The Official Site for the AAVSO Charts and Sequences Team
Since it seems every time we get a new member many of the same questions come up, I thought I'd make a website we can use as our policies and procedures manual. So here it is. Bookmark this site, we will be referring to it a lot.
The initial plan is to include the guidelines for creating and revising sequences, documenting sources and preferences for photometry and discussing the tools and projects the sequence team is working on.
Priorities (last updated October 21, 2013)
Right now the priorities are to:
2) Complete the evaluation and entering of the remaining comp stars from Project Snapshot for southern sky sequences. This is a big project containing about 800 comp stars and I need help!
6) Fix anything else that can be fixed now, without new photometry. This includes bugs to VSP and DB issues. (ONGOING)
7) Create new and revised sequences as photometry becomes available from BSM and APASS. (ONGOING)
18) Fill requests for specific sequences made to the website form (ONGOING)
22) Address all errors reported to CHET as soon as possible. (ONGOING)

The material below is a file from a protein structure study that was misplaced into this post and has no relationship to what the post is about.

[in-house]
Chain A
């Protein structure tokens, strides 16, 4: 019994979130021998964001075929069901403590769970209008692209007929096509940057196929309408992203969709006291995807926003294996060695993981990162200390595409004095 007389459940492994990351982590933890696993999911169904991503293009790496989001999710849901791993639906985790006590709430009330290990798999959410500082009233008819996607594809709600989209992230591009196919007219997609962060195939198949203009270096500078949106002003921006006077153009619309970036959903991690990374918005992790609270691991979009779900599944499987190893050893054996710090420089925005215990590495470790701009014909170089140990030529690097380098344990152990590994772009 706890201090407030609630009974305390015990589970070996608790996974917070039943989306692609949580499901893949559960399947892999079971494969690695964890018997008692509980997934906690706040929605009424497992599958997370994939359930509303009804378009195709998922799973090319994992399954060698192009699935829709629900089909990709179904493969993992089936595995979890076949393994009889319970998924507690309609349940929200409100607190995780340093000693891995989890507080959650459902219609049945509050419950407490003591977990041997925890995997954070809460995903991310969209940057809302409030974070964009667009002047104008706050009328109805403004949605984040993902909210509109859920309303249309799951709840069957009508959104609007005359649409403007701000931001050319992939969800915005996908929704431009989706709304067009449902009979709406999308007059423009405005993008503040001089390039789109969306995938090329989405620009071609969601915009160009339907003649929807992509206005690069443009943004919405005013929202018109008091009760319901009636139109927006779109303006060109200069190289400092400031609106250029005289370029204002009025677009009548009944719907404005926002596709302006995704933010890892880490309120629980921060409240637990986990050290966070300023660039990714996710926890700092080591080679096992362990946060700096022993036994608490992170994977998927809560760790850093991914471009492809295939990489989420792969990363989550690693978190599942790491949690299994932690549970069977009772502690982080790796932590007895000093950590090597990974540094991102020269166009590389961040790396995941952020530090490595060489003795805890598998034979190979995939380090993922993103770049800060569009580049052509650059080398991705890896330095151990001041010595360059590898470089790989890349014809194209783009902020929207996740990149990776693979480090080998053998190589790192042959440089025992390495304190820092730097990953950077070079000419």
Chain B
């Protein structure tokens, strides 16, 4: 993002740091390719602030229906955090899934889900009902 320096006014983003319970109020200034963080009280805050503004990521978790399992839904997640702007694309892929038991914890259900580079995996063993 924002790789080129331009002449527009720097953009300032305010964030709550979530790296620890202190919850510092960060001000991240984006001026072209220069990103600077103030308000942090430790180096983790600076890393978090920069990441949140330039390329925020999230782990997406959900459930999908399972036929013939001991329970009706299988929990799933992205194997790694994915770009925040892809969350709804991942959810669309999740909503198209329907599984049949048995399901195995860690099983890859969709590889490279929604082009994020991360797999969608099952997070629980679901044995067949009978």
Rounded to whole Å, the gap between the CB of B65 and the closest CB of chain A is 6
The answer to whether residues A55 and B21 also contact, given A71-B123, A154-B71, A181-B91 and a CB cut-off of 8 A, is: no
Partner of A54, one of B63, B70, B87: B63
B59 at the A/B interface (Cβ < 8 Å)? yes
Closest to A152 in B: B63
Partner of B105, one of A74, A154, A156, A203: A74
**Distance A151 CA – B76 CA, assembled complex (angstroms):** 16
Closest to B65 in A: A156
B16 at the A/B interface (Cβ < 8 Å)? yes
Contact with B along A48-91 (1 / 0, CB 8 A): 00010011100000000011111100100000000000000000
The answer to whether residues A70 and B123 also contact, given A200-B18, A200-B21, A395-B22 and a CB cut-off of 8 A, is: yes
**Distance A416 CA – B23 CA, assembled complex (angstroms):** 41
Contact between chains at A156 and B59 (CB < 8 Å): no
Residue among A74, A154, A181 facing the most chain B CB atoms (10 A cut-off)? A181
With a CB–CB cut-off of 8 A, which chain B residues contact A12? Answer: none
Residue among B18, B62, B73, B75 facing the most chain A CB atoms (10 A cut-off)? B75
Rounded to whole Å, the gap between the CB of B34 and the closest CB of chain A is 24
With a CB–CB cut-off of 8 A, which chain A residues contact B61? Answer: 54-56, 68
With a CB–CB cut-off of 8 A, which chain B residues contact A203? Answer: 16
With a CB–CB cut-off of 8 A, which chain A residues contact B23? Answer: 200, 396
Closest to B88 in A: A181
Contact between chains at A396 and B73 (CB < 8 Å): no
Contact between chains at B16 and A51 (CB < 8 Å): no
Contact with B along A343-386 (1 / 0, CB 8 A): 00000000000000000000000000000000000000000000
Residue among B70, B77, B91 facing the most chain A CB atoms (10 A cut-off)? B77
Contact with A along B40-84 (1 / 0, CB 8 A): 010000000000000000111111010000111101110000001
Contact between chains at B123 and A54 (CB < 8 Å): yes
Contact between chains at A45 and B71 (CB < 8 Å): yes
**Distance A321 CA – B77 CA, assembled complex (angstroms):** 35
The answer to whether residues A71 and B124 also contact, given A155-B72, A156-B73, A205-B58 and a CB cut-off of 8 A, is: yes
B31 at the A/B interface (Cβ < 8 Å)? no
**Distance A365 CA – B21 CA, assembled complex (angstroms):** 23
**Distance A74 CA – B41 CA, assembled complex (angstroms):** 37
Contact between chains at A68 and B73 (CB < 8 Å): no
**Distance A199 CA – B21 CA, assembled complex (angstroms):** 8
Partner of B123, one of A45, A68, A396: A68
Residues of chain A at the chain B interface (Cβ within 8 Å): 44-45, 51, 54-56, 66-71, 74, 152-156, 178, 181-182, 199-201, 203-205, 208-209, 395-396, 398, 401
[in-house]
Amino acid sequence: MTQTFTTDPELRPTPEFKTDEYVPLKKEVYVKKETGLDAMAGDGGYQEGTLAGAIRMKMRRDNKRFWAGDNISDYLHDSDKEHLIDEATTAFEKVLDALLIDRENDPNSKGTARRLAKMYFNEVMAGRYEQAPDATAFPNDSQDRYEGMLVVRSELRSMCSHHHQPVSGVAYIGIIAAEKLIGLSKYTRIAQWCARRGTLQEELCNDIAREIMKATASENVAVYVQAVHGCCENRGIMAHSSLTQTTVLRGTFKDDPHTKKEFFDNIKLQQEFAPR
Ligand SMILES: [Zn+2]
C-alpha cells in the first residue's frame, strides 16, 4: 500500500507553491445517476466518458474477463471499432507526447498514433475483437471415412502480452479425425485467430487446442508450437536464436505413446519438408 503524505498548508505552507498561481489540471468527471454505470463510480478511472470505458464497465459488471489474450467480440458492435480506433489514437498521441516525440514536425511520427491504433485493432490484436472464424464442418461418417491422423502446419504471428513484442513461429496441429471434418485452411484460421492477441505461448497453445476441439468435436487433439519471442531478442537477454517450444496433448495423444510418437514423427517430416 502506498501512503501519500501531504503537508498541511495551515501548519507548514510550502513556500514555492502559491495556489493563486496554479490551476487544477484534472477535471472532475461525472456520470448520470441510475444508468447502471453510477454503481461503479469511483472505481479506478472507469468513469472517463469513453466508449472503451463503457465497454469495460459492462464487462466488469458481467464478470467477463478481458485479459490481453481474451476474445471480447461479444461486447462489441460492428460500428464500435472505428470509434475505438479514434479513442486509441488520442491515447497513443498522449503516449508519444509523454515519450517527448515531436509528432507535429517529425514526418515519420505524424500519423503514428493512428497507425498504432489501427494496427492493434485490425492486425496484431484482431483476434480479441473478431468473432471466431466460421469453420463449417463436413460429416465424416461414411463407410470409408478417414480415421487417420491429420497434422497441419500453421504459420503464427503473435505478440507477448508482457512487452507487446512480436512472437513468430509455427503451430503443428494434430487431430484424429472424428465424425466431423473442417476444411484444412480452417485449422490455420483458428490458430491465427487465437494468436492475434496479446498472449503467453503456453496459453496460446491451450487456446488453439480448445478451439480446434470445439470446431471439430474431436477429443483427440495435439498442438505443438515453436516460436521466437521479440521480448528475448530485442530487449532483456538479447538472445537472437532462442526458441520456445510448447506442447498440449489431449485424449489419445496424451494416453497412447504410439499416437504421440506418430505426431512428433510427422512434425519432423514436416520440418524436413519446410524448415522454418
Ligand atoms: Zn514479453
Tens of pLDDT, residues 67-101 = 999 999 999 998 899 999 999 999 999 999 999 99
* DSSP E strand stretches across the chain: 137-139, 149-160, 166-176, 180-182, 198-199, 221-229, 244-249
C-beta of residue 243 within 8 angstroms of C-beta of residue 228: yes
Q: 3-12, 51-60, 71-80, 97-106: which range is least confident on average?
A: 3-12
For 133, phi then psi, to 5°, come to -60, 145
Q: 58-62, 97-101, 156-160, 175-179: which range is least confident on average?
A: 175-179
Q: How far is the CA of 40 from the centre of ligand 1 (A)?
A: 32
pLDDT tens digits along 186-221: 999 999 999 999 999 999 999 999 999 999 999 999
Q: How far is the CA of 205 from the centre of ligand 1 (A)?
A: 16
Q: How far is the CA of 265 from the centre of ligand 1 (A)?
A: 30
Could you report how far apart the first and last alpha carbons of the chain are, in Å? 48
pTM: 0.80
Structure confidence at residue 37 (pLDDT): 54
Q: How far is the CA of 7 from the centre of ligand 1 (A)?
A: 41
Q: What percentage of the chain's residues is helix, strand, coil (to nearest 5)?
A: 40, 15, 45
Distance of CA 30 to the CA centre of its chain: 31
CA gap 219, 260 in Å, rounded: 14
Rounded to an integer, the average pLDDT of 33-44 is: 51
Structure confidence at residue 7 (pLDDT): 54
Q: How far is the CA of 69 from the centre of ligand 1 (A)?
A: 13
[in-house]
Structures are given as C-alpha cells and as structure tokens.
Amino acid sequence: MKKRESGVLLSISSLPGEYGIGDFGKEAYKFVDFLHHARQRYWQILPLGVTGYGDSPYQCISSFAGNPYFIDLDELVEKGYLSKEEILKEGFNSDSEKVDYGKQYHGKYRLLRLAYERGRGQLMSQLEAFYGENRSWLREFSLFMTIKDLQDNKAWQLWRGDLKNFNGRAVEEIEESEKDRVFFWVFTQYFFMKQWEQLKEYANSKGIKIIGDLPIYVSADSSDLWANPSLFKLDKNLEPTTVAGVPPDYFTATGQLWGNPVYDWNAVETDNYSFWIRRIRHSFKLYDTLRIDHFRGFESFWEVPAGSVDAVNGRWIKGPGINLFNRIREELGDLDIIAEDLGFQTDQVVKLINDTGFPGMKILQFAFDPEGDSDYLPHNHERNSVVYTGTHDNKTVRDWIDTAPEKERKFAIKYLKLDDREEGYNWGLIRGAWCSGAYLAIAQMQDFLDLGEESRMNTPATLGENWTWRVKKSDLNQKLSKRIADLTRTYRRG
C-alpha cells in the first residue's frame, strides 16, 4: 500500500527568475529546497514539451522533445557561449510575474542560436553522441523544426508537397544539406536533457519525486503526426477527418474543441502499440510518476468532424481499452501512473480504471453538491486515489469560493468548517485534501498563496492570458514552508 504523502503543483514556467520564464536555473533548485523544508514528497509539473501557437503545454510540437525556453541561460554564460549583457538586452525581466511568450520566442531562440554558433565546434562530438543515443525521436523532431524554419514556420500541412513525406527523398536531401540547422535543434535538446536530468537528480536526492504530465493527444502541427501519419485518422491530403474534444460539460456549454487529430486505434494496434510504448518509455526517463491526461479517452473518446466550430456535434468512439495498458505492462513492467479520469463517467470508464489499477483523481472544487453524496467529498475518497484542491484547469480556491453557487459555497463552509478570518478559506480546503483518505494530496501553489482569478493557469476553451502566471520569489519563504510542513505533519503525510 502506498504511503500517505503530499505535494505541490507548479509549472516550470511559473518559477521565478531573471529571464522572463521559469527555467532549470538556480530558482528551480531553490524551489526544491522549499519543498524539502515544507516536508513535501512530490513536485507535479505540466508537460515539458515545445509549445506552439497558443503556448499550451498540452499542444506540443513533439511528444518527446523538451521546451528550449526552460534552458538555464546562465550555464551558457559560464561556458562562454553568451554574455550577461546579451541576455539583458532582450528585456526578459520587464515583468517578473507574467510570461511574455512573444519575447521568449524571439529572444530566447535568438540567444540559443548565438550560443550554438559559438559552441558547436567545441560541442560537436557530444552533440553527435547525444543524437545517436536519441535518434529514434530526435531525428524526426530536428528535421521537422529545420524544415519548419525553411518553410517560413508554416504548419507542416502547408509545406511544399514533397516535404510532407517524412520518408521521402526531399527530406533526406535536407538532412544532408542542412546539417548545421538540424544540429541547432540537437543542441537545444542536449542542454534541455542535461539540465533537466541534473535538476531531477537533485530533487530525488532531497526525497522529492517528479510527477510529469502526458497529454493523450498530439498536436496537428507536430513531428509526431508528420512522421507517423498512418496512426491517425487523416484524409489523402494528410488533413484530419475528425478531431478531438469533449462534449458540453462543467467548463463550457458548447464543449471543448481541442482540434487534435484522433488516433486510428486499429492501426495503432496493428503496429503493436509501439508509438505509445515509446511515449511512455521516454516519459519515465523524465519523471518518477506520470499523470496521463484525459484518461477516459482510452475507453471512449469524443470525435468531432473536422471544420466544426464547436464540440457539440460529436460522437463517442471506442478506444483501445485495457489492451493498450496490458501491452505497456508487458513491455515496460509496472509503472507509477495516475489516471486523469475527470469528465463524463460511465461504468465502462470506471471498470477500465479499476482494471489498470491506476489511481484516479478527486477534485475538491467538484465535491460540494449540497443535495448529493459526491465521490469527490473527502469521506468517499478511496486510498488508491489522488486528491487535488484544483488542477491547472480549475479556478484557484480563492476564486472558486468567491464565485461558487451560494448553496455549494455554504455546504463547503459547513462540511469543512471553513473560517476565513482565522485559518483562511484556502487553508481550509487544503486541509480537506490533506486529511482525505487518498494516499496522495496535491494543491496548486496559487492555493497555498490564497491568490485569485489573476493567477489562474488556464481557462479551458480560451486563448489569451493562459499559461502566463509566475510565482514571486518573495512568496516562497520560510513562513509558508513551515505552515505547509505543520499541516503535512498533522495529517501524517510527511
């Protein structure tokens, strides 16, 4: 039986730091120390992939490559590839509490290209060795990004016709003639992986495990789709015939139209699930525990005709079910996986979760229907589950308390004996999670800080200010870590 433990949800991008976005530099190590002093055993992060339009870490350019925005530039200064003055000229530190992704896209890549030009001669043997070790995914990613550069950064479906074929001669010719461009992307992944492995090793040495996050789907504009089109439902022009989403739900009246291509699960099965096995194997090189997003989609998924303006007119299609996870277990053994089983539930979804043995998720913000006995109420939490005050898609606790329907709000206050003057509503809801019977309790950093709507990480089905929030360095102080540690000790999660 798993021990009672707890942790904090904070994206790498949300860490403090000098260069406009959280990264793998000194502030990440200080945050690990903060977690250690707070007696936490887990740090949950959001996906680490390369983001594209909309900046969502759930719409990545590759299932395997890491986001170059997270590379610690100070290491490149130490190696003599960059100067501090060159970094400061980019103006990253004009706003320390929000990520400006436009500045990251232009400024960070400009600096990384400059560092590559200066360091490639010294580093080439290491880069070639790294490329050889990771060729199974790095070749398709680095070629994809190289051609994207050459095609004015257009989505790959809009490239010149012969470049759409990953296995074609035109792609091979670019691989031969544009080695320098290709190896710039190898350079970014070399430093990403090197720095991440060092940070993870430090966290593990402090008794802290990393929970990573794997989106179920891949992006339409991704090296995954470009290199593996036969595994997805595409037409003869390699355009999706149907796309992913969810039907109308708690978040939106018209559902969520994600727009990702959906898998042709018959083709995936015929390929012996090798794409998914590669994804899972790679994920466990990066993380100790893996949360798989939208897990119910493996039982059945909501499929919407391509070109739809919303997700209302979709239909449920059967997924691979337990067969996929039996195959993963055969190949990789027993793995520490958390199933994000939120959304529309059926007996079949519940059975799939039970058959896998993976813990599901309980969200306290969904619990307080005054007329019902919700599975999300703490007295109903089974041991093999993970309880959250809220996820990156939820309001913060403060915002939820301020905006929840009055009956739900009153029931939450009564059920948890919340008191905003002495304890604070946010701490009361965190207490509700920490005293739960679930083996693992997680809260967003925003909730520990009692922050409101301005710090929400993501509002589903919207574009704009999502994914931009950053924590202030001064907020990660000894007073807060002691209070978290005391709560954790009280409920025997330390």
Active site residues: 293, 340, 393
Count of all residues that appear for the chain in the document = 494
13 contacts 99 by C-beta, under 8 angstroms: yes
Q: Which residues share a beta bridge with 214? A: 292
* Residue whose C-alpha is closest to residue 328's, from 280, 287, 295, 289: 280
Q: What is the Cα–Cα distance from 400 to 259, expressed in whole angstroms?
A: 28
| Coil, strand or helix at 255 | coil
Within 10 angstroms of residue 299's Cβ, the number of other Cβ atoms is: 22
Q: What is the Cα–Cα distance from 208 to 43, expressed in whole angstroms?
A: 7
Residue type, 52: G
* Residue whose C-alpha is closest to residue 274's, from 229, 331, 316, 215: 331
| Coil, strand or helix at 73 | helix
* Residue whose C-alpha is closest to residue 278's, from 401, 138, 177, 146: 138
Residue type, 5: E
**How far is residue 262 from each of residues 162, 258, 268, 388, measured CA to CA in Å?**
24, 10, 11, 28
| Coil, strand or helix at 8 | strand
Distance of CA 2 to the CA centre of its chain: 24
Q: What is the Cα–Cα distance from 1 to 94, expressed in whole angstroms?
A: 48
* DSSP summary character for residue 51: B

23) Create and upload sequences for DSLR program stars.
Tens of thousands of hours of labor were invested in creating the charts, first by hand, then on blueprints, then paper copies, then eventually plotted by planetarium software and labeled by hand, distributed as image files available online or on disk.
This has eliminated the need for teams of workers creating multiple charts of various sizes, magnitude limits and field rotation. But it has not completely automated the process. People using a specific set of criteria still select the comparison star sequences used on all VSP charts. Until such time as there is an all sky photometric catalog of sufficient magnitude range and accuracy, this task will remain the job of the AAVSO Sequence Team.
This is still a manual process, and the end result is what we call a sequence file. This is information in a specific format that contains the data VSP needs to label the chart properly and create a table with the magnitudes and colors of the comparison stars. A sequence file looks like this.
Observers are encouraged to report errors appearing on charts, such as duplicate magnitudes, gaps in the sequence, mislabeled stars or missing labels. These are entered into the Chart Error Tracking Tool, CHET. Part of the job in front of the sequence team is to fix the existing inconsistencies on charts utilizing the new photometry available now. As more fields are calibrated, more and more old problems are being addressed.